Campus Spotlight: The University of Texas School of Dentistry at Houston

By Nicole Fauteux

If teaching students to think critically is challenging, assessing the development of this skill over time can be downright elusive. Nevertheless, one dental hygiene program has implemented an approach that is winning converts on the same campus.

For many years now, educators at the University of Texas School of Dentistry at Houston (UTSD) have incorporated a series of clinical case studies in the dental hygiene curriculum to help students develop critical thinking skills. More recently, the program introduced a mechanism that allows students to demonstrate how those skills are developing across time: the eportfolio. (For more on the development of this assessment for use in dental hygiene, see our profile of Dr. Cynthia Gadbury-Amyot).

Before implementing the eportfolio, the faculty sat down and scrutinized each course, looking for segments that lent themselves to creating artifacts appropriate for a portfolio. Prof. Donna P. Warren-Morris and her colleague Prof. Ann O. Wetmore, now at Eastern Washington University, then developed a detailed rubric for evaluating the portfolio as a whole. Among the artifacts the portfolio should optimally contain, the rubric specifies "a variety of documents that provide irrefutable evidence to demonstrate learning, significant evidence of critical thinking, insight, and serious commitment to growth and learning ... ."

According to Prof. Warren-Morris, evidence of critical thinking primarily resides in the portion of the portfolio where students reflect on the case studies they choose to present.

"At first they are just telling us what they did," she reports, "but as they progress, they're critically evaluating why they did a procedure this way, why they chose preventive therapy, so there's more depth, more rationale, more evaluative thinking."

The faculty also evaluates critical thinking by looking at the procedures and therapies students choose to use with their patients. They expect to see care become more appropriate as the students progress through the curriculum.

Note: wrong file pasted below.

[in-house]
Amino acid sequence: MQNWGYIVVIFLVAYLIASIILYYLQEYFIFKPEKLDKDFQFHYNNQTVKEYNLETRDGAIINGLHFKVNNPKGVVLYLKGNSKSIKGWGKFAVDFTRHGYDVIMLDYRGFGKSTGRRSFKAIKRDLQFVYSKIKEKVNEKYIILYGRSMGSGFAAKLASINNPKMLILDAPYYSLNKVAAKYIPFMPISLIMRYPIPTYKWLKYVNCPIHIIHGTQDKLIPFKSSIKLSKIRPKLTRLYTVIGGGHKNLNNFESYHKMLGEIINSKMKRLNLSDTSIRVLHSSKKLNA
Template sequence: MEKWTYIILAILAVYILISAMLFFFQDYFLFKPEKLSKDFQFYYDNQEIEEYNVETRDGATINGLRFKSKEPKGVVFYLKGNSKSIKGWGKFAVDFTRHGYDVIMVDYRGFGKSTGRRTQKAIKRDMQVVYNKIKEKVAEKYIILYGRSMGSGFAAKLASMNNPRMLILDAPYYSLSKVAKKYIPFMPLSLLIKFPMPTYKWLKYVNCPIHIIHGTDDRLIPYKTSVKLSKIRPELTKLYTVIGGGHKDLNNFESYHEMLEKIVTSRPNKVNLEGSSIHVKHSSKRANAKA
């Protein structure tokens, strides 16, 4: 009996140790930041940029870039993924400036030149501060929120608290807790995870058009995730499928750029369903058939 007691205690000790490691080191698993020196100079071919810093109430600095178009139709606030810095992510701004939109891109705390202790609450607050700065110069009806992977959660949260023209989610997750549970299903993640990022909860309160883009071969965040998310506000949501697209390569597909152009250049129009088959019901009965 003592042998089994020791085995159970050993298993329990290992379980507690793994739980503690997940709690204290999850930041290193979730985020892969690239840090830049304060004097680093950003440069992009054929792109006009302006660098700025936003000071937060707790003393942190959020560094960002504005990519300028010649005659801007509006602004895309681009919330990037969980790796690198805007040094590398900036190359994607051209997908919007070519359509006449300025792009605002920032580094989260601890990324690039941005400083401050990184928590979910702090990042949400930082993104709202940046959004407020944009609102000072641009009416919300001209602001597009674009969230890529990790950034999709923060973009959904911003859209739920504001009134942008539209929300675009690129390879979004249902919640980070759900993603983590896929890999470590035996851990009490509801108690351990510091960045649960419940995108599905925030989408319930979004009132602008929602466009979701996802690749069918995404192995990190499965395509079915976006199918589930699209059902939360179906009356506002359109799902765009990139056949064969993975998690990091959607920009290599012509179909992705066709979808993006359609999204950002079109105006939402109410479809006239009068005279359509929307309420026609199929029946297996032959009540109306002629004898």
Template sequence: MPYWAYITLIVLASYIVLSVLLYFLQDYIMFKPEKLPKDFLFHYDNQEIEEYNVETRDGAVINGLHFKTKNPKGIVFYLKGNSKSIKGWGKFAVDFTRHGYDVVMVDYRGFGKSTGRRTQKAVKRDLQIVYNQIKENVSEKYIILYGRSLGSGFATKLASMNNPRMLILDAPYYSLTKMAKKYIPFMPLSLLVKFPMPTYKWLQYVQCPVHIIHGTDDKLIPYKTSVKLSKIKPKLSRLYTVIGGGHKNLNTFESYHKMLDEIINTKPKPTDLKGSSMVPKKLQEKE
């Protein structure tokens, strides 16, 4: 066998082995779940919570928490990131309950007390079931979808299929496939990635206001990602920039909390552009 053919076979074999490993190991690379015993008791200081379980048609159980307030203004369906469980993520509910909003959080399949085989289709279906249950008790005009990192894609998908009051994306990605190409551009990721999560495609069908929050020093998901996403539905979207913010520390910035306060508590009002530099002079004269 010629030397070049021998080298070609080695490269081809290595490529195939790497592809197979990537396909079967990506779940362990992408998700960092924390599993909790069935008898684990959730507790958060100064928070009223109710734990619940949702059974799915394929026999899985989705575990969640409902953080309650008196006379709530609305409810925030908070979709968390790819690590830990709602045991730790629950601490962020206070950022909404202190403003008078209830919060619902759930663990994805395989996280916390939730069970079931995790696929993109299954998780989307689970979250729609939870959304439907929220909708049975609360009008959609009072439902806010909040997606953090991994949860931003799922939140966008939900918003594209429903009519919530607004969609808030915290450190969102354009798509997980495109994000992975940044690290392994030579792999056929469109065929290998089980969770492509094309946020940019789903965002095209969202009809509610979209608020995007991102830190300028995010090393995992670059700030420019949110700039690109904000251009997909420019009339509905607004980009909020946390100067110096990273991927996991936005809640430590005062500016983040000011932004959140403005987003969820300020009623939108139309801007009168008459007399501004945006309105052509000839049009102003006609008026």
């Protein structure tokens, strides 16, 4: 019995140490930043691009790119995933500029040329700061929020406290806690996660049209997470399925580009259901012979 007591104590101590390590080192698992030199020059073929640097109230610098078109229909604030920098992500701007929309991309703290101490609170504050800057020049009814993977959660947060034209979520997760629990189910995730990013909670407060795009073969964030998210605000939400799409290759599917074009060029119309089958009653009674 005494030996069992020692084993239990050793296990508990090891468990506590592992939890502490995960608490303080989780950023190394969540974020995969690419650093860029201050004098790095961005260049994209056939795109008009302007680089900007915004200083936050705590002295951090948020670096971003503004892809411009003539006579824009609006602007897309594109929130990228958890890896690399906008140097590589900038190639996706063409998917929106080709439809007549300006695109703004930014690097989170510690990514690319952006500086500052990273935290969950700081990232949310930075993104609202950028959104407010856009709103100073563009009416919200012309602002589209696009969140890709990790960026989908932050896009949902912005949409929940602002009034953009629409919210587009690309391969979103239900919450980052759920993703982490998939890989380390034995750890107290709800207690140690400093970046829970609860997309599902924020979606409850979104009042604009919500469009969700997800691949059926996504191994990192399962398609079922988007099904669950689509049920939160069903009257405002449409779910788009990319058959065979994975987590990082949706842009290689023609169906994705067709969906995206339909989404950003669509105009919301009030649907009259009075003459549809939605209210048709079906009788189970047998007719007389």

The dental hygiene program's use of the eportfolio has not gone unnoticed in other corners of the dental school. After observing dental hygiene students use their portfolios to chronicle and reflect on their experiences with community-based education, Dr. Richard D. Bebermeyer, Chair of the Department of General Practice and Dental Public Health, invited Prof. Warren-Morris to present the students' work at his departmental retreat.

Dr. Bebermeyer and his colleagues were impressed by what they saw and by the portfolio's potential for measuring overall competency. With the subsequent introduction of the new Commission on Dental Accreditation (CODA) standards on critical thinking and evidence-based dentistry, Dr. Bebermeyer concluded, "the portfolio seemed like the right thing to do."

Last year the dental school got the ball rolling by introducing a portfolio in its second year pre-clinical operative dentistry course. Students learned to use the new tool by writing self-assessments and uploading photos of their operative preparations on ivorine or plastic teeth. This fall the school will expand its use of portfolios to a first-year course, Foundational Skills for Clinic. Students will engage in more reporting, writing, and reflective learning by assessing their introduction to the clinic in areas such as cardiopulmonary resuscitation (CPR), infection control, and chairside assisting.

Dr. Bebermeyer plans to build from there. He sees great potential for integrating the portfolio throughout the curriculum as his colleagues in dental hygiene have done.

"We will be dropping some competency exams into the portfolio," he says, "but I want it to be more. I want it to be cases and essays and videos. My goal is for the students to be able to demonstrate overall competency, and that includes critical thinking, the practice of evidence-based dentistry, ethics, and patient management."

Engaging students in critical thinking is clearly just one of many uses for the portfolio-in dental hygiene as well as in dentistry. Nevertheless, Prof. Warren-Morris believes that portfolios, in combination with case studies, are especially well suited to promoting and documenting the evolution of student thinking. "Just the mere fact that students spend time reflecting on the care they've given by putting it into a case study, there's learning that occurs in that process that wouldn't have occurred otherwise."